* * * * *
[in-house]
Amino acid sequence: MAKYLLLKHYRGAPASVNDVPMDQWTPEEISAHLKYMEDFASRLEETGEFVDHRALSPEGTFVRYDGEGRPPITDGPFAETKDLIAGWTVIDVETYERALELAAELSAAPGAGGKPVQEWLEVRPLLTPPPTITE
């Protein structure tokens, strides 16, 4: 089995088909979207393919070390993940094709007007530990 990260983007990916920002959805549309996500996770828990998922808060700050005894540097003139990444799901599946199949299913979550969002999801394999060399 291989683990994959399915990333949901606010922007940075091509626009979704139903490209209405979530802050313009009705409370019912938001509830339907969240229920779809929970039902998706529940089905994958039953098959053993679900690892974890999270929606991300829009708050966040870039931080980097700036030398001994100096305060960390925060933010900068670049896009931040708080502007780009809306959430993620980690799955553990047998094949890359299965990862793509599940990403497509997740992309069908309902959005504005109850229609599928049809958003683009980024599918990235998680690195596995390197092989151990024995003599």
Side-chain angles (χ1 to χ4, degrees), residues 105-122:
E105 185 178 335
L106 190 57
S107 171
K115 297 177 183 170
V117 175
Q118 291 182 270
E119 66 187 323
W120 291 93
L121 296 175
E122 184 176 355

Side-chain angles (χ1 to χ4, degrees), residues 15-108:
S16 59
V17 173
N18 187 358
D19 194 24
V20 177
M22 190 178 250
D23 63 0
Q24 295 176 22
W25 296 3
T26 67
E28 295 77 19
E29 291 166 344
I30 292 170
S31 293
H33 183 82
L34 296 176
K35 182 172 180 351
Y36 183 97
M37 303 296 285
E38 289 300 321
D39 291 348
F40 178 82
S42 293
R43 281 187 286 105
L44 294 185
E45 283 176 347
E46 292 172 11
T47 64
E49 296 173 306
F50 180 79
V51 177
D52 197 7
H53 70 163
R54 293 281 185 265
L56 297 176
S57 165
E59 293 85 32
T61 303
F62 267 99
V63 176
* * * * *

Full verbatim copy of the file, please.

[in-house]
Amino acid sequence: MAKYLLLKHYRGAPASVNDVPMDQWTPEEISAHLKYMEDFASRLEETGEFVDHRALSPEGTFVRYDGEGRPPITDGPFAETKDLIAGWTVIDVETYERALELAAELSAAPGAGGKPVQEWLEVRPLLTPPPTITE
């Protein structure tokens, strides 16, 4: 089995088909979207393919070390993940094709007007530990 990260983007990916920002959805549309996500996770828990998922808060700050005894540097003139990444799901599946199949299913979550969002999801394999060399 291989683990994959399915990333949901606010922007940075091509626009979704139903490209209405979530802050313009009705409370019912938001509830339907969240229920779809929970039902998706529940089905994958039953098959053993679900690892974890999270929606991300829009708050966040870039931080980097700036030398001994100096305060960390925060933010900068670049896009931040708080502007780009809306959430993620980690799955553990047998094949890359299965990862793509599940990403497509997740992309069908309902959005504005109850229609599928049809958003683009980024599918990235998680690195596995390197092989151990024995003599």
Side-chain angles (χ1 to χ4, degrees), residues 105-122:
E105 185 178 335
L106 190 57
S107 171
K115 297 177 183 170
V117 175
Q118 291 182 270
E119 66 187 323
W120 291 93
L121 296 175
E122 184 176 355

Side-chain angles (χ1 to χ4, degrees), residues 15-108:
S16 59
V17 173
N18 187 358
D19 194 24
V20 177
M22 190 178 250
D23 63 0
Q24 295 176 22
W25 296 3
T26 67
E28 295 77 19
E29 291 166 344
I30 292 170
S31 293
H33 183 82
L34 296 176
K35 182 172 180 351
Y36 183 97
M37 303 296 285
E38 289 300 321
D39 291 348
F40 178 82
S42 293
R43 281 187 286 105
L44 294 185
E45 283 176 347
E46 292 172 11
T47 64
E49 296 173 306
F50 180 79
V51 177
D52 197 7
H53 70 163
R54 293 281 185 265
L56 297 176
S57 165
E59 293 85 32
T61 303
F62 267 99
V63 176